Allied nations often stop each other from going to war. Some countries even form alliances with the specific intent of restraining another power and thereby preventing war. Furthermore, restraint often becomes an issue in existing alliances as one ally wants to start a war, launch a military intervention, or pursue some other risky military policy while the other ally balks. In Warring Friends, Jeremy Pressman draws on and critiques realist, normative, and institutionalist understandings of how alliance decisions are made.
Alliance restraint often has a role to play both in the genesis of alliances and in their continuation. As this book demonstrates, an external power can apply the brakes to an incipient conflict, and even unheeded advice can aid in clarifying national goals. The power differentials between allies in these partnerships are influenced by leadership unity, deception, policy substitutes, and national security priorities.
Recent controversy over the complicated relationship between the U.S. and Israeli governmentsespecially in regard to military and security concernsis a reminder that the alliance has never been easy or straightforward. Pressman highlights multiple episodes during which the United States attempted to restrain Israel's military policies: Israeli nuclear proliferation during the Kennedy Administration; the 1967 Arab-Israeli War; preventing an Israeli preemptive attack in 1973; a small Israeli operation in Lebanon in 1977; the Israeli invasion of Lebanon in 1982; and Israeli action during the Gulf War of 1991. As Pressman shows, U.S. initiatives were successful only in 1973, 1977, and 1991, and tensions have flared up again recently as a result of Israeli arms sales to China.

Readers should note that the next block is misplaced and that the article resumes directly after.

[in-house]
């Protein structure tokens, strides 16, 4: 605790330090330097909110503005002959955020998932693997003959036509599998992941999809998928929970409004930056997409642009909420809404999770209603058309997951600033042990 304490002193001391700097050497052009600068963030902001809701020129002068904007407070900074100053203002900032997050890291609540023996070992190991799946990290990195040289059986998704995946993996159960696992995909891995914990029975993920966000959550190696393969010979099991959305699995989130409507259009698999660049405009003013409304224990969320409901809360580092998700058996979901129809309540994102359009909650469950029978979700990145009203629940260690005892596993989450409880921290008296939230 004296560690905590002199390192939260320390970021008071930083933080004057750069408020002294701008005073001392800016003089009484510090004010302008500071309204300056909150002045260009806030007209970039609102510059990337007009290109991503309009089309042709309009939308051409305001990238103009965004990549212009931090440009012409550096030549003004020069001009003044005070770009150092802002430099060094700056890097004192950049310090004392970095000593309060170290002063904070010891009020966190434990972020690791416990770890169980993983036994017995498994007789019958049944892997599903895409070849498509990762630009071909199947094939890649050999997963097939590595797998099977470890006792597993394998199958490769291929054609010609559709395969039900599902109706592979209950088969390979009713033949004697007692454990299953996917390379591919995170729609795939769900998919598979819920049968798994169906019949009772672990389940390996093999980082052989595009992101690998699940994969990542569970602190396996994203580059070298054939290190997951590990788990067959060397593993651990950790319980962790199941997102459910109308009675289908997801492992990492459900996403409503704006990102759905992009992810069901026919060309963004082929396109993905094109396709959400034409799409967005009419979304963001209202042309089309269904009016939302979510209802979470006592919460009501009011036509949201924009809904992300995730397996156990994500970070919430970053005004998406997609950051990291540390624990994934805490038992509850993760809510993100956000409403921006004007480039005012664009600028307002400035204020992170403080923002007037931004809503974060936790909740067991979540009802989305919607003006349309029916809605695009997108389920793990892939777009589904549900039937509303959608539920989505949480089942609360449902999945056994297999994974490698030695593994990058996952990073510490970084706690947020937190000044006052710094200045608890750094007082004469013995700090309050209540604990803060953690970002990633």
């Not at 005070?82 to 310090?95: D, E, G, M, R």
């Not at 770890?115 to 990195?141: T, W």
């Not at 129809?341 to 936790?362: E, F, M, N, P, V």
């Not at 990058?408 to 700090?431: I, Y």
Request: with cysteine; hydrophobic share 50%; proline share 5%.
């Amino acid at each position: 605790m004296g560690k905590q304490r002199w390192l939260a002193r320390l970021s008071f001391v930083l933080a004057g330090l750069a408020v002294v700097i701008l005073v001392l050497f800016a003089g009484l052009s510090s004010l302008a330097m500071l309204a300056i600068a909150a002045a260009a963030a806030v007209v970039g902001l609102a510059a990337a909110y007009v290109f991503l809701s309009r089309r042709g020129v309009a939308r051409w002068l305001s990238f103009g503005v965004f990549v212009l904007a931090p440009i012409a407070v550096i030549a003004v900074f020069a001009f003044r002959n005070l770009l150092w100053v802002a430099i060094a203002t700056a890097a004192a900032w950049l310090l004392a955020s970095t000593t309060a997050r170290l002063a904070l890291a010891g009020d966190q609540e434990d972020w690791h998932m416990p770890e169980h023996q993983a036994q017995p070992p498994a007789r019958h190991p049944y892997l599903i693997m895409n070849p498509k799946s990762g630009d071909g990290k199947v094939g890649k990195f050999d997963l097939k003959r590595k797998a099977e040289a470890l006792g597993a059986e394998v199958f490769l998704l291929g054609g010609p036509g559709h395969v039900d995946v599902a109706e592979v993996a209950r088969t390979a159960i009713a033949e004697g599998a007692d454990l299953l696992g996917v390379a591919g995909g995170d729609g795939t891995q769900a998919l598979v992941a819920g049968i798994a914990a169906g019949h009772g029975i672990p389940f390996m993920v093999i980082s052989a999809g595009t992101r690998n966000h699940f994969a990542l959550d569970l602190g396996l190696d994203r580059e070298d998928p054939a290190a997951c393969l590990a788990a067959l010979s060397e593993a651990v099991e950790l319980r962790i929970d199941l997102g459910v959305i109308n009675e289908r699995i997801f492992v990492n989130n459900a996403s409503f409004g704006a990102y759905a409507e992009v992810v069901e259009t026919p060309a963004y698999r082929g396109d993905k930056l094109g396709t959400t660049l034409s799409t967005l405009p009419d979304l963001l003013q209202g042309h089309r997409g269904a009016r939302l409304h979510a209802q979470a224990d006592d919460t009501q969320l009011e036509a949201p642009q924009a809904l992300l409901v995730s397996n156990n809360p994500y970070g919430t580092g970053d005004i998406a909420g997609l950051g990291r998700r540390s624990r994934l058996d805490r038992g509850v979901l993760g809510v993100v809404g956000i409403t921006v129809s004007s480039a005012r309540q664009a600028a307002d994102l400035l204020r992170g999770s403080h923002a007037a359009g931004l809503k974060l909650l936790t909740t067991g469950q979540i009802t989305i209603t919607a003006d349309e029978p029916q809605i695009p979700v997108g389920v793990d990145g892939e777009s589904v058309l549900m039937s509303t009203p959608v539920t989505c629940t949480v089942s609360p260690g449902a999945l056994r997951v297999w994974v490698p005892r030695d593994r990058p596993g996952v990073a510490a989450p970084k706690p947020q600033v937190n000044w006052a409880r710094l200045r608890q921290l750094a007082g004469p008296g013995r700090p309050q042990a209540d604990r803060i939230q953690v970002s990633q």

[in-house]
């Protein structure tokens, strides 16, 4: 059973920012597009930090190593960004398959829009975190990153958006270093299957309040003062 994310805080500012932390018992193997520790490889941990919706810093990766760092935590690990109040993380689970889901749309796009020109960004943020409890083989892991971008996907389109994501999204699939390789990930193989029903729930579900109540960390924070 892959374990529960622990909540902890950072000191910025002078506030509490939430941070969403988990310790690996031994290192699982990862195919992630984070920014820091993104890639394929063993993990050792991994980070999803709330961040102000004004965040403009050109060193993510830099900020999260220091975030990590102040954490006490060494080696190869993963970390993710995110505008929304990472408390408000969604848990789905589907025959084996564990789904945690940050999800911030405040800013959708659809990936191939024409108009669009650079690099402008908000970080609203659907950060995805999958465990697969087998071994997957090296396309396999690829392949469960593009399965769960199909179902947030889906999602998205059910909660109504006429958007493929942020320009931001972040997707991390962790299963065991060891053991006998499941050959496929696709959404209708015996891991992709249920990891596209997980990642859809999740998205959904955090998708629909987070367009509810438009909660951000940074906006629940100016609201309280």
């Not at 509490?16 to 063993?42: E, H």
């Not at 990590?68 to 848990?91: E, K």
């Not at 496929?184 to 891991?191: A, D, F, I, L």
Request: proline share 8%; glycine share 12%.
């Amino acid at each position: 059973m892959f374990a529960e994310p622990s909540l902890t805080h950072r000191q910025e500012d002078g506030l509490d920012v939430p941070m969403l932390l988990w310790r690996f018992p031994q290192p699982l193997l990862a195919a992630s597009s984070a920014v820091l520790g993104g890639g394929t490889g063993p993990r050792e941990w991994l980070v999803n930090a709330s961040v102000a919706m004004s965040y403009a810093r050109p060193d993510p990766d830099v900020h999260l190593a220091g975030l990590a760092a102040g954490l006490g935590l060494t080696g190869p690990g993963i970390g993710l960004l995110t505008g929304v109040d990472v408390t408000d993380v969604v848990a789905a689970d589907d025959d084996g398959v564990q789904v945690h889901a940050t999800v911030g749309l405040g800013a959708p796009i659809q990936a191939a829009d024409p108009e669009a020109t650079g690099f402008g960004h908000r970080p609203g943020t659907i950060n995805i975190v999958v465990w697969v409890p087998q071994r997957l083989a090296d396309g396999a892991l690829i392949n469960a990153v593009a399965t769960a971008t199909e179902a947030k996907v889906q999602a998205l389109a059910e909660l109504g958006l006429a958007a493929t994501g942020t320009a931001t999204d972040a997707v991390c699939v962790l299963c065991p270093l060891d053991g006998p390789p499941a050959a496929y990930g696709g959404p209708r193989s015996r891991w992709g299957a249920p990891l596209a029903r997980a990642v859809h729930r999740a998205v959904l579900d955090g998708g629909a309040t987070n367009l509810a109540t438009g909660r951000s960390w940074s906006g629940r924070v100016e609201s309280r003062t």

Pressman also illuminates aspects of the Anglo-American special relationship as revealed in several cases: British nonintervention in Iran in 1951; U.S. nonintervention in Indochina in 1954; U.S. commitments to Taiwan that Britain opposed, 1954-1955; and British intervention and then withdrawal during the Suez War of 1956. These historical examples go far to explain the context within which the Blair administration failed to prevent the U.S. government from pursuing war in Iraq at a time of unprecedented American power.
About the Author
Jeremy Pressman is Assistant Professor of Political Science at the University of Connecticut.
What People are Saying About This
"This valuable study explores the logic of intra-alliance power relationships, looking in particular at moments when states try to use alliance ties to restrain risky military actions by their partners. In a wide-ranging survey of alliances in Europe and Asia over the last century, Pressman finds that the 'restraint motive' for alliance creation is as important as the 'mutual protection' motive."
"In this fascinating book, which is rich in historical detail, Jeremy Pressman shows how states use alliances to check their partners as well as their adversaries. He also explains when allies are likely to be restrained and when they are not. This is an important addition to the literature on alliances."